Landsbanki was one of the banks that was taken over by the authorities
Charities in the UK that lost millions of pounds when the Icelandic banking system collapsed should get a bail-out, according to a committee of MPs.
But local authorities that suffered the same fate should not be compensated, the Treasury Select Committee said.
Deposits held by British citizens living outside the UK with savings in these banks' offshore arms should also not be covered.
Iceland's financial sector collapsed last October, riddled with bad debt.
The committee's report into the Icelandic fall-out is the first of a series of findings on the banking crisis.
The committee recommended a one-off compensation package for charities which lost an estimated £120m of deposits with the Icelandic banks.
Many of these charities were too big to be covered by the government's deposit insurance scheme and face trying to get back funds from the banks' administrators.
"At a time when more people than ever may be faced with difficult circumstances, we believe that it is imperative that charities have access to the funds that were provided to them by the public," the report said.
It also called for a fresh look at the classification of charities under the government's protection scheme to avoid similar cases in the future.
The committee did not offer the same support to local authorities that had sunk a total of nearly £1bn into accounts with the Icelandic banks.
The report acknowledged that, although some councils would "feel hard done by" regarding the limitations of government support for them, it would be "perverse" for them to be compensated.
"They have a duty to the taxpayer diligently to protect the money they are investing on their behalf. Some authorities have shown themselves to be better than others in this regard," the report said.
"Under these circumstances, it would seem perverse to reward those authorities who failed to protect their investment with yet more money from the taxpayer."
Unsurprisingly, the conclusions were welcomed by a charities' group, but criticised by the Local Government Association (LGA).
"We now need the chancellor to act swiftly and compensate those [charities] which have lost funds," said John Low, chief executive of the Charities Aid Foundation.
Margaret Eaton, chairman of the LGA, said: "There must be a consistent and fair approach to compensation. If charities are to be compensated, why should there no relief whatsoever for the council taxpayer? Councils provide vital services to society's most vulnerable people."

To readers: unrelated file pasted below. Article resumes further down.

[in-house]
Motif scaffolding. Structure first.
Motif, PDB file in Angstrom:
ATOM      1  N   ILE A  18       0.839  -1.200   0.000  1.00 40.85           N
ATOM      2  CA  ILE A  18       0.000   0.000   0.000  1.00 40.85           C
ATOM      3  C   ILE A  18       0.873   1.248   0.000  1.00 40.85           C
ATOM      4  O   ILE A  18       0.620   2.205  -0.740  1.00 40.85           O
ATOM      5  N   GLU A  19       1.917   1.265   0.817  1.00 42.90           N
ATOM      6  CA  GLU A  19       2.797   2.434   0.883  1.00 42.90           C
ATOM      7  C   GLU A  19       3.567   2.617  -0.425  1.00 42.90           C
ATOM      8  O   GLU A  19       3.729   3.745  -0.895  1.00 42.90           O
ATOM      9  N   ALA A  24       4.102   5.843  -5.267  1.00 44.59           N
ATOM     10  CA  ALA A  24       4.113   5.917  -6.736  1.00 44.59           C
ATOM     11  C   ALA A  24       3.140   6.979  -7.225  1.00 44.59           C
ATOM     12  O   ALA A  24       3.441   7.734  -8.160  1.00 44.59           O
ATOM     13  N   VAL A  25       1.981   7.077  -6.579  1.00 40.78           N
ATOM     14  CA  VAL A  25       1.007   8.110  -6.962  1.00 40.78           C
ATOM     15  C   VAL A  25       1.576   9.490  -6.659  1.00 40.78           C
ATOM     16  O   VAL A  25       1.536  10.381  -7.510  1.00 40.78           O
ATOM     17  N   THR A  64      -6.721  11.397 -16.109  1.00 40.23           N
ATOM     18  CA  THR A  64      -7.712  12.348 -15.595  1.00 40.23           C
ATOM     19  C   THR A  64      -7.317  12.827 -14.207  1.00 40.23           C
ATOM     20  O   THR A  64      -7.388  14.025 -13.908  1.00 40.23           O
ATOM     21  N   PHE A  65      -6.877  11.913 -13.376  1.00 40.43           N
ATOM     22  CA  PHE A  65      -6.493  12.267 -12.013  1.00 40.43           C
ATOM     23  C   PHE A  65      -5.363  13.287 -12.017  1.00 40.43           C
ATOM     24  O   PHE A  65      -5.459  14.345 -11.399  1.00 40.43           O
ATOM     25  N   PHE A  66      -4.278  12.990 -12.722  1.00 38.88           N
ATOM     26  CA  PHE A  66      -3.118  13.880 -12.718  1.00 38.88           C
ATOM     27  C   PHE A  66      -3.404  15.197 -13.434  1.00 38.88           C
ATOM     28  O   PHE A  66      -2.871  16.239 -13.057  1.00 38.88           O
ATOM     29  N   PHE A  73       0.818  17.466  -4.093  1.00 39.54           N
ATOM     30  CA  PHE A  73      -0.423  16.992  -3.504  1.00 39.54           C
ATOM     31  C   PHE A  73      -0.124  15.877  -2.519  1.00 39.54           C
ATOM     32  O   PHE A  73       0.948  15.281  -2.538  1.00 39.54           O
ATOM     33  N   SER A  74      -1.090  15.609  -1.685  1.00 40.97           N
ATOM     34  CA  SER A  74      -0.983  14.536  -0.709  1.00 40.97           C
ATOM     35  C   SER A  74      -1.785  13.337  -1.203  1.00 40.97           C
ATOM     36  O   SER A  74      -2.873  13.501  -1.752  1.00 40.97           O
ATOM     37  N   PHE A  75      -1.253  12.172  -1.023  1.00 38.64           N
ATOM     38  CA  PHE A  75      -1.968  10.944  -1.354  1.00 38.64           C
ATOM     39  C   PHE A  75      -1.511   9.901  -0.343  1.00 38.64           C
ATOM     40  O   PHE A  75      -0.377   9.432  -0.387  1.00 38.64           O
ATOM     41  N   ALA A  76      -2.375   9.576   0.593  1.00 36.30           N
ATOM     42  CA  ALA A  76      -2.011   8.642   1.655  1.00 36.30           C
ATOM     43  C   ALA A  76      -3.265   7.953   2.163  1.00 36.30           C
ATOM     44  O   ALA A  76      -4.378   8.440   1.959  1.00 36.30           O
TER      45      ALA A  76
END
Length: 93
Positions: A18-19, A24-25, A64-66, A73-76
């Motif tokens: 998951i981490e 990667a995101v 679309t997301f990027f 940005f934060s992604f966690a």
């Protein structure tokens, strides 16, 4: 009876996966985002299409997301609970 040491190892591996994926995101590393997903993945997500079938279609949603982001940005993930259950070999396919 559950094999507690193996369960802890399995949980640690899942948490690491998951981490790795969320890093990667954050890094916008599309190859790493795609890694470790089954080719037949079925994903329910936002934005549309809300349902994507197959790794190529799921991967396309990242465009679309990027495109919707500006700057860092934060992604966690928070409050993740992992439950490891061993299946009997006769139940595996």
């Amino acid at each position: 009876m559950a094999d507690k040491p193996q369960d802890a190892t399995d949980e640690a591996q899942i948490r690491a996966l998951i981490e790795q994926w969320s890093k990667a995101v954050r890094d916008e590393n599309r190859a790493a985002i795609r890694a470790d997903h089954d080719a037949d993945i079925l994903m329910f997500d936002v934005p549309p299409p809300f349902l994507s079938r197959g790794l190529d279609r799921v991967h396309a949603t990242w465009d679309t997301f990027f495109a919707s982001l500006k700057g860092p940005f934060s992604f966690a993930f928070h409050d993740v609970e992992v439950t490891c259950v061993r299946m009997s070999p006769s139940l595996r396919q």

Iceland was thrown into economic chaos when its three biggest banks were taken over by the authorities.
Iceland suffered more than most countries from the downturn
First to lose independence was First Glitnir, closely followed by Landsbanki, which owns Icesave - an internet bank used by many UK customers.
Finally, Iceland's biggest bank, Kaupthing, was nationalised in October. Iceland's government blamed UK Chancellor Alistair Darling for undermining confidence in Kaupthing by using anti-terrorism laws to seize Landsbanki's UK assets.
Mr Darling said that UK depositors and creditors were unlikely to be protected to the same extent as Icelandic ones.
"We also have seen no evidence that Kaupthing would have survived if the Chancellor had not expressed his views," the report concluded.
However, it expressed concern over the Financial Services Authority's "impotence" to tackle the fears raised by the former boss of Singer and Friedlander about the takeover by Kaupthing in 2005.
Hundreds of letters were sent to the committee from British savers who had deposits with Landsbanki's Guernsey arm and Kaupthing Singer and Friedlander's Isle of Man operation.
But the committee recommended that the UK government could not compensate losses by British citizens in jurisdictions outside the direct control of the UK.
Some 2,000 Landsbanki depositors in Guernsey have received 30p in the pound on an estimated £117m. Around 10,000 savers with £840m tied up in Kaupthing's Isle of Man business have received £105m back so far, but they do not know how much they will receive in total.
In 2008, Kaupthing Singer and Friedlander (Isle of Man) took over the Isle of Man subsidiary of the Derbyshire Building Society. Those with long-term bonds had no chance to remove their funds without a penalty.
Offshore savers using independent financial advisers were not advised of the changing risk profile of their savings, the committee found.
"This aspect of our banking crisis inquiry has also raised many new questions about issues such as consumer advice and cross-border regulation of financial institutions," said the committee's chairman, John McFall.